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Are Schools Doing Enough to Prevent Concussions?

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It’s almost mouthpiece time.

This past Saturday, El Hombre went to his local sporting goods store to pick up some golf balls to deposit in the trees, sand and water around the Delaware Valley. When he asked the young man behind the counter how things were going, the response was laced with sarcasm. “I’m putting price tags on 100 mouthpieces, so I’m just living the dream,” he said.

As thunderheads massed above and the heat index hovered in the range of Dante’s third ring of hell, it was easy to forget that, in just two short weeks, fall-sports preparation will be cranking up—and all of those tooth protectors the disgruntled employee was tagging will be put to good use at practices everywhere.

It’s interesting that a concept so simple can be so effective. Athletes’ teeth are spared chipping, breaking and shattering by the small piece of equipment, and more and more people are choosing to use them in sports other than football. If only it were so easy and inexpensive to protect against concussions in sports. It isn’t—even though the awareness about the dangers is higher than ever.

In the past, there was pushback by some professional and collegiate representatives, who insisted that conditions like CTE and early-onset dementia weren’t directly related to blows to the head. Today, the census grows about how it imperative it is to protect players, young and old, from concussions.

But there’s still work to be done, as some aren’t yet ready to make the concessions necessary to ensure that all participants—especially younger athletes—are as safe as possible. They refuse to limit contact during football practices. They won’t hold off on allowing soccer players to head the ball, as Shipley School did a couple years back with its middle-schoolers.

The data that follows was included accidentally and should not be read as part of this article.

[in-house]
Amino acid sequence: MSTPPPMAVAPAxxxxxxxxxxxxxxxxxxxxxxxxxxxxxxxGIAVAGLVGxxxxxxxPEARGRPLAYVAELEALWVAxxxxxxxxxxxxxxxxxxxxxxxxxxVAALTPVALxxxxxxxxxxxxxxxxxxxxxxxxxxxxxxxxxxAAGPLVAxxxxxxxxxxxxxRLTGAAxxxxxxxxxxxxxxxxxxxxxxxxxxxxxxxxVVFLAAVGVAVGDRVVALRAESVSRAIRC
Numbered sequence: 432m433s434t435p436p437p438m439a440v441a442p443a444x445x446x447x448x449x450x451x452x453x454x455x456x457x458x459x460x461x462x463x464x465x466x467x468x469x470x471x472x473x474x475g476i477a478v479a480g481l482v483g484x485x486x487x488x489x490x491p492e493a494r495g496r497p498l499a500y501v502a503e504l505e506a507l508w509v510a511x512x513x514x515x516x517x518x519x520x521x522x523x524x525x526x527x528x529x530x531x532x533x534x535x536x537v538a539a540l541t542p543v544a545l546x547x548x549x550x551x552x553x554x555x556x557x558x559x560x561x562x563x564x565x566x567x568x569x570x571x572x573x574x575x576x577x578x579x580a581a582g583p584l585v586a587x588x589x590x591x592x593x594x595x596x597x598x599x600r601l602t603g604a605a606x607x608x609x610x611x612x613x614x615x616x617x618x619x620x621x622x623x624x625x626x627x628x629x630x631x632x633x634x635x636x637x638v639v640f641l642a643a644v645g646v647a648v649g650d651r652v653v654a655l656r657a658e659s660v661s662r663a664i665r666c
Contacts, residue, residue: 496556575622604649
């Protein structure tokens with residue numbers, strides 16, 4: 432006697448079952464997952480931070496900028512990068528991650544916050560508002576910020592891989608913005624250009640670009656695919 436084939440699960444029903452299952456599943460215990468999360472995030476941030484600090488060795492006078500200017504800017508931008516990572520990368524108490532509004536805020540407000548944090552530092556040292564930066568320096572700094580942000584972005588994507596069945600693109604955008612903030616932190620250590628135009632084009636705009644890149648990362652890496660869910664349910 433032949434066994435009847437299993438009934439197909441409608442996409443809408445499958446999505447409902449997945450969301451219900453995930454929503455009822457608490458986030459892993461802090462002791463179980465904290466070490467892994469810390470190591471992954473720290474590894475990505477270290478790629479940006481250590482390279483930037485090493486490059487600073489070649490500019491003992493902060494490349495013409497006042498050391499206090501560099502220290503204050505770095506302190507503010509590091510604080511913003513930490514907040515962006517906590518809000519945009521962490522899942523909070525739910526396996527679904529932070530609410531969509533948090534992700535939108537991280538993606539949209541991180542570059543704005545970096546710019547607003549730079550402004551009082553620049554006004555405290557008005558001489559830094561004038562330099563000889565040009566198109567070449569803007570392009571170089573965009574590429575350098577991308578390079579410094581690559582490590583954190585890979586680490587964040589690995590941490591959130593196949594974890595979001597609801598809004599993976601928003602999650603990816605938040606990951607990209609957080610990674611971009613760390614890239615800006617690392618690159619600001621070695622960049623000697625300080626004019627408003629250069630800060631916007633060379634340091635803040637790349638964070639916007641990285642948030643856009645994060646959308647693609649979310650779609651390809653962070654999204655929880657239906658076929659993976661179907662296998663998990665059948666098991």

Obviously, it’s impractical to put kids in bubbles, no matter how much some parents might want to do it. After all, it’s possible to get a concussion by absorbing a stray elbow on the basketball court or even while playing baseball. But it’s important that those charged with administering and coaching youth sports understand that continued attention to the dangers of concussions is an obligation to be approached with great seriousness.

Left alone, kids of all ages will do anything to stay on the field. El Nino actually did this while at a lacrosse camp one summer in high school. After absorbing a hit that concussed him, he lied to the trainer about his condition and was allowed to play in the next game. When a teammate congratulated him later for scoring the winning goal, El Nino couldn’t remember doing it.

That was seven years ago, so it’s hard to fault the trainer. Today, however, we absolutely know better. Even if it means a player has to miss a couple games (or more) due to concussion, there’s no reason to place winning over the long-term welfare of our youth.

Most might think this admonition is old and quite obvious. That’s a good thing, since it means the message has reached a wider audience. Others need to be reminded that the overall goal is a healthy experience—not winning the league title in a 10-and-under football league.

Those mouthpieces will be put to work pretty soon, protecting teeth. Let’s hope adults are on the job, too, protecting brains. And futures.

EL HOMBRE SEZ: By this time next week, Eagles training camp will be in session, and football fans will be able to see the start of the 2016 season on the horizon. The summer is a time for hope—unless you’re a Browns fan. But there had better be a little reality mixed in. If the Birds go 9-7, it should be considered a big year, since the team lacks big-time playmakers on offense and is not nearly ferocious enough on D. 

youth football